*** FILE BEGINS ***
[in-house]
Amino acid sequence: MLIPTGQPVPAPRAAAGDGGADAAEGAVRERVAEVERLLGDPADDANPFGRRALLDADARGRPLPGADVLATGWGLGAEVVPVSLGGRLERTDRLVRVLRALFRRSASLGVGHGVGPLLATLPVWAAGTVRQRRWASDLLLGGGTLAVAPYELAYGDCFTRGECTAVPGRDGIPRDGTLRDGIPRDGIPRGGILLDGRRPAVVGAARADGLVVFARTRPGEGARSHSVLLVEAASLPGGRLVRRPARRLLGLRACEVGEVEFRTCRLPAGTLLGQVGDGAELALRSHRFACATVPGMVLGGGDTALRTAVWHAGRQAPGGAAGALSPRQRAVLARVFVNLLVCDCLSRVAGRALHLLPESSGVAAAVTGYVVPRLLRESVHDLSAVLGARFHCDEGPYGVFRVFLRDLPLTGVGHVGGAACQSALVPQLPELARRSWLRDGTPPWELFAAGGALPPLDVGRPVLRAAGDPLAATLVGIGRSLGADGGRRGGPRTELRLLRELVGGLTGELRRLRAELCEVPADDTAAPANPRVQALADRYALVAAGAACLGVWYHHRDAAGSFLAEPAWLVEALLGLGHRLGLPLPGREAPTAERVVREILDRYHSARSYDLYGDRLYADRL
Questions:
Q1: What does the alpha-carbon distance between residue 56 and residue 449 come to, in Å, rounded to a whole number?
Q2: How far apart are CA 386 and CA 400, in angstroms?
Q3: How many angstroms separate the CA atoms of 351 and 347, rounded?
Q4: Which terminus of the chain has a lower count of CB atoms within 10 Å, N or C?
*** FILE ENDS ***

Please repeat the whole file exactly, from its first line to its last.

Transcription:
[in-house]
Amino acid sequence: MLIPTGQPVPAPRAAAGDGGADAAEGAVRERVAEVERLLGDPADDANPFGRRALLDADARGRPLPGADVLATGWGLGAEVVPVSLGGRLERTDRLVRVLRALFRRSASLGVGHGVGPLLATLPVWAAGTVRQRRWASDLLLGGGTLAVAPYELAYGDCFTRGECTAVPGRDGIPRDGTLRDGIPRDGIPRGGILLDGRRPAVVGAARADGLVVFARTRPGEGARSHSVLLVEAASLPGGRLVRRPARRLLGLRACEVGEVEFRTCRLPAGTLLGQVGDGAELALRSHRFACATVPGMVLGGGDTALRTAVWHAGRQAPGGAAGALSPRQRAVLARVFVNLLVCDCLSRVAGRALHLLPESSGVAAAVTGYVVPRLLRESVHDLSAVLGARFHCDEGPYGVFRVFLRDLPLTGVGHVGGAACQSALVPQLPELARRSWLRDGTPPWELFAAGGALPPLDVGRPVLRAAGDPLAATLVGIGRSLGADGGRRGGPRTELRLLRELVGGLTGELRRLRAELCEVPADDTAAPANPRVQALADRYALVAAGAACLGVWYHHRDAAGSFLAEPAWLVEALLGLGHRLGLPLPGREAPTAERVVREILDRYHSARSYDLYGDRLYADRL
Questions:
Q1: What does the alpha-carbon distance between residue 56 and residue 449 come to, in Å, rounded to a whole number?
Q2: How far apart are CA 386 and CA 400, in angstroms?
Q3: How many angstroms separate the CA atoms of 351 and 347, rounded?
Q4: Which terminus of the chain has a lower count of CB atoms within 10 Å, N or C?